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Showing Questions in 'Halacha (General Jewish Law)'

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Question No. 61
Category Halacha (General Jewish Law)
Date Posted Late 2002
The Question Regarding question #36 (about the stray cats) We also have a problem with cats. Are children have "adopted" a few of the stray cats in our neighborhood. One of them has even adopted us, so it seems, and spends all of it's day hanging around our house, waiting to be fed. Now they just brought a brand new, tiny kitten home, which looks like it's about to die. What does one do is such a situation? I mean I don't want all these cats being brought into my house, but on the other hand, we teach our children about tzaar baalei chaim, and having rachmonut on Hashem's briyot, and then when they bring us these little pitiful things, we tell them they can't keep them, and can't feed every stray cat in the neighborhood, and can't bring this dying little thing into the warmth of our home? Thanks for your answers. David, Kochav Yaakov
The Answer Click here to listen to Rabbi Leff's answer.


Question No. 58
Category Halacha (General Jewish Law)
Date Posted Late 2002
The Question What if any source is there for the custom that many frum Jews have of sitting or just lifting themselves slightly when a person who gets an aliya for krias haTorah says Borchu? Taz, Magen Avraham and Mishna Brura all say one should stand for the recitation of Borchu of an oleh la-Torah? Yisrael Kaniel, Beit Shemesh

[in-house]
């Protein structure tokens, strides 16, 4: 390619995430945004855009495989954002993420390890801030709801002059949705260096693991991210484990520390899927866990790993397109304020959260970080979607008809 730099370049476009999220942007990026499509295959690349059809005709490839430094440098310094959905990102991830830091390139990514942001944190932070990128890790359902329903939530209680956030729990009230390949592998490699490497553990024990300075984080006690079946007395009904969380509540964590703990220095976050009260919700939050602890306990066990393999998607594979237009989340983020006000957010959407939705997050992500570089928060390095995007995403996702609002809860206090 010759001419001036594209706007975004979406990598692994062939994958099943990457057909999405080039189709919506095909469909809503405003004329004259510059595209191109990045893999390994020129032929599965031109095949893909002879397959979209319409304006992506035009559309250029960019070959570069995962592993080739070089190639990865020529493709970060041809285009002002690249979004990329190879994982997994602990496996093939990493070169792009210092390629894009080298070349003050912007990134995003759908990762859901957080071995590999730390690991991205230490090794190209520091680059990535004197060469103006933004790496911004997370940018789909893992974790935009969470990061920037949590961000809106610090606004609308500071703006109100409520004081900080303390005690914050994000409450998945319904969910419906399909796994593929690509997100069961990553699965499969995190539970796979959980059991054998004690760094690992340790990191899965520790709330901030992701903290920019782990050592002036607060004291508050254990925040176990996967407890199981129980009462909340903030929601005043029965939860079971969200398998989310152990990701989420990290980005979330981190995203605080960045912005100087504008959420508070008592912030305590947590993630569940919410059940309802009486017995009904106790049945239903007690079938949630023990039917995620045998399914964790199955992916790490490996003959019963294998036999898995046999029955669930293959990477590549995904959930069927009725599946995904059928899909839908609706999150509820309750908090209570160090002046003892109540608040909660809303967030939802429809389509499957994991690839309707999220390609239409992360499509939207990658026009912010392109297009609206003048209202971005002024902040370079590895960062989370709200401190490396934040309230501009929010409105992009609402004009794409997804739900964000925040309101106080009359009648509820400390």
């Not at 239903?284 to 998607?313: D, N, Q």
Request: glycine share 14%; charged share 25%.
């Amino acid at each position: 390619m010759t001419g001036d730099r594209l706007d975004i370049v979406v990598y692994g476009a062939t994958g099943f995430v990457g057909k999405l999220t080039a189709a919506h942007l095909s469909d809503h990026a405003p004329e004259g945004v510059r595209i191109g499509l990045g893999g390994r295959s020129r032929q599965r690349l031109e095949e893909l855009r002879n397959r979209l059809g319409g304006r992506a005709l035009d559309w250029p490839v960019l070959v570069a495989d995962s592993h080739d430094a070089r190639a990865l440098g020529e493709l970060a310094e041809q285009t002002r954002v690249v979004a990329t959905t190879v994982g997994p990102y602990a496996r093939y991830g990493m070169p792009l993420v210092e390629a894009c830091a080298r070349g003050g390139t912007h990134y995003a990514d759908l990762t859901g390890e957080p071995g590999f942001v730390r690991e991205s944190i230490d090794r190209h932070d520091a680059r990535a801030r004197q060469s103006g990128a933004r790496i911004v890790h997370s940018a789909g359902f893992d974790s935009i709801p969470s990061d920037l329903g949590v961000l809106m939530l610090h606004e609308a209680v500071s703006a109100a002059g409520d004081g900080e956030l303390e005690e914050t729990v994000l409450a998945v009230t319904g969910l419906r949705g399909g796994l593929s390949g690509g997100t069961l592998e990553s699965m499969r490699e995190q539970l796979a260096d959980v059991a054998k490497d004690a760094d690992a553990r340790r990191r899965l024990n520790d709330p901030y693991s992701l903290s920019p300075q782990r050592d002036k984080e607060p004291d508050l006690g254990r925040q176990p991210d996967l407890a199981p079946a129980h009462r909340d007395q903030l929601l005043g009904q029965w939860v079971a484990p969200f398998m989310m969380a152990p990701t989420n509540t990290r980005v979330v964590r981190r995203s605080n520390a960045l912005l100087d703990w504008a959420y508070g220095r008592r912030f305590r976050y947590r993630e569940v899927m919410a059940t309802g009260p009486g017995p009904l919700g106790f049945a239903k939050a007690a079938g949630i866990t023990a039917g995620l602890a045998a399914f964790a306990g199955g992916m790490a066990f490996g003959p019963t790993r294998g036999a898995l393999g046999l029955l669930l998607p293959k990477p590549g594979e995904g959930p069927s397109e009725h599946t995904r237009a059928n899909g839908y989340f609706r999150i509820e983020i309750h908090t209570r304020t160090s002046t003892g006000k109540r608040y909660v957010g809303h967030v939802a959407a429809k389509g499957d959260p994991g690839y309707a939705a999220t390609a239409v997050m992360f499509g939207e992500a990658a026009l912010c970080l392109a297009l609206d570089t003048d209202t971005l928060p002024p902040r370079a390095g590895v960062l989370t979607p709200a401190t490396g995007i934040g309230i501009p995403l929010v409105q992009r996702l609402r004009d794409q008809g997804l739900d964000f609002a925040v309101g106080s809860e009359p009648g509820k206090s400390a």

The Answer Click here to listen to Rabbi Leff's answer.


Question No. 55
Category Halacha (General Jewish Law)
Date Posted Late 2002
The Question Certain Orthodox groups claim that it is halachicly permissible for women to lead the davening and read the Torah, and that the long standing prohibition against it was merely a "societal norm". Is this claim valid, and if not, when do we differentiate between halacha and societal norms? Moshe Peretz Mann, Yerushalayim Ir HaKodesh
The Answer Click here to listen to Rabbi Leff's answer.


Question No. 53
Category Halacha (General Jewish Law)
Date Posted Late 2002
The Question What is the Torah's (or your interperetation of the Torah's) view on donating organs to save people's lives after one has passed away? I heard that it's not supposed to be done halachically, but it seems that if it could be used to save a life, and that is supposedly a supreme Jewish ideal, that it should be encouraged. Paul S , Longbeach CA
The Answer Click here to listen to Rabbi Leff's answer.


Question No. 49
Category Halacha (General Jewish Law)
Date Posted Late 2002
The Question We have all heard the stories of people jumping from the WTC. Suicide is prohibited, but in the case where you have a raging fire on one side and a 100 story jump on the other, are we allowed to make a decision what to do, which way we prefer to die? And if it seems that death is imminent, is there a preference of jumping rather than burning so that there would be a body to bury? How would we go about halachically making such a decision (assuming even having the presence of mind to do such in this situation)? Do we consider the fire to be 100% sure-death and jumping only 99.9% (or vice vesa)? Since by jumping, I am shortening my life by minutes, is this suicide? Are there other situations where suicide would be permissible or even required? How does this relate to the stories of Masada and Gamla? By halachic standards, were these heroes of Jewish history or otherwise? We have heard similar stories of Jews taking their lives in the Holocaust rather than risking humiliating acts or horrible suffering. I do not wish to judge any of these people in the situations they were in, but I am interested in the halachic approach and if the halacha takes into account one's emotions at that time. Thank you. David
The Answer Click here to listen to Rabbi Leff's answer.


Question No. 38
Category Halacha (General Jewish Law)
Date Posted Late 2002